First of all, Wikipedia and many blogs say that all volatile variables are stored in a Thread-Local memory over the main memory shared by all threads.
That is incorrect. Volatile fields are instance or class (static) variables and are stored in the heap.
They might be referring to cache memory that is specific to a single processor / core ... but that is a hardware-specific thing. But this is definitely not "thread-local". That term means something entirely different.
If so, then what happen if the volatile variable is an object reference and not a primitive literal?
Nothing special. Your assumptions are incorrect.
Volatile variables are not stored on the stack. Indeed, if you attempt to use the
volatile keyword for a local variable, you will get a compilation error. (It would make no sense. Variables on the stack are only visible to one thread. Volatile semantics are about variables that are shared by different threads.)
I know each thread has his own stack memory where it stores its own primitive literals & objects references.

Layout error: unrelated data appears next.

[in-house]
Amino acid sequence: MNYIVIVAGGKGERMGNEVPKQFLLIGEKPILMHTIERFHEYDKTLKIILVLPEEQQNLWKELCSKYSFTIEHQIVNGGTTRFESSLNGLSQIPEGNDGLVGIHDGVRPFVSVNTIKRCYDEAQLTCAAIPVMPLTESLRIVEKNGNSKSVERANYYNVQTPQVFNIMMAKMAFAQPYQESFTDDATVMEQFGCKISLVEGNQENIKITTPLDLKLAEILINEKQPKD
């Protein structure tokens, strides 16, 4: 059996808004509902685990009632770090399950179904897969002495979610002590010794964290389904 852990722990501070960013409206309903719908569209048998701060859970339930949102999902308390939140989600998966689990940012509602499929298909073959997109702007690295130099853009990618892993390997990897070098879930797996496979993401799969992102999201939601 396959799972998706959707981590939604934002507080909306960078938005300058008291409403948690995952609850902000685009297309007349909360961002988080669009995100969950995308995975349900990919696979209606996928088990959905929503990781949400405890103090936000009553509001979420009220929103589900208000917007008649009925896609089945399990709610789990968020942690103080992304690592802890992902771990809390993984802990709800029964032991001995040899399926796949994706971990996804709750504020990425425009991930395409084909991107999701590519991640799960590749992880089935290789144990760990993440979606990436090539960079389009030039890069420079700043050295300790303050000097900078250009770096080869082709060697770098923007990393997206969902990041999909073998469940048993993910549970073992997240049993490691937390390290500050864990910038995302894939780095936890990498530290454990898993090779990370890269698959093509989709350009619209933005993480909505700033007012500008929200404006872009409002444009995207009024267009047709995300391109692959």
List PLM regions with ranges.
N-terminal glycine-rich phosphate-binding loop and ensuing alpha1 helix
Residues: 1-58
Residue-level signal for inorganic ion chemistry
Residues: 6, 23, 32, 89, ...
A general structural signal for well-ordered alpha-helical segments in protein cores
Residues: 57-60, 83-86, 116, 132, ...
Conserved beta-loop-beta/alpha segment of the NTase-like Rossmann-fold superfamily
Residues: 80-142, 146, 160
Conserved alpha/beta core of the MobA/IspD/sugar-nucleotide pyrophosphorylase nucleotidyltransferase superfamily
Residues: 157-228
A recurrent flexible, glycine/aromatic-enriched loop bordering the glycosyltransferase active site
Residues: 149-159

What is stored on the thread's stack is:
- the method's local variables,
- the method's parameters,
- the method's return address etc so that the CPU knows where to go when the call returns, and (possibly)
- state of local objects that the JIT compiler has figured don't need to be stored in the heap.
A method's primitive literals are typically embedded in the code itself. String literals are elsewhere too. (When those literals are assigned to local variables they will be held on the stack ...)
Second, could you please explain in details using an example how the volatile keyword works and when we are supposed to use it?
Check the comments, and the related questions ... or Google "java volatile example". An explanation would be redundant.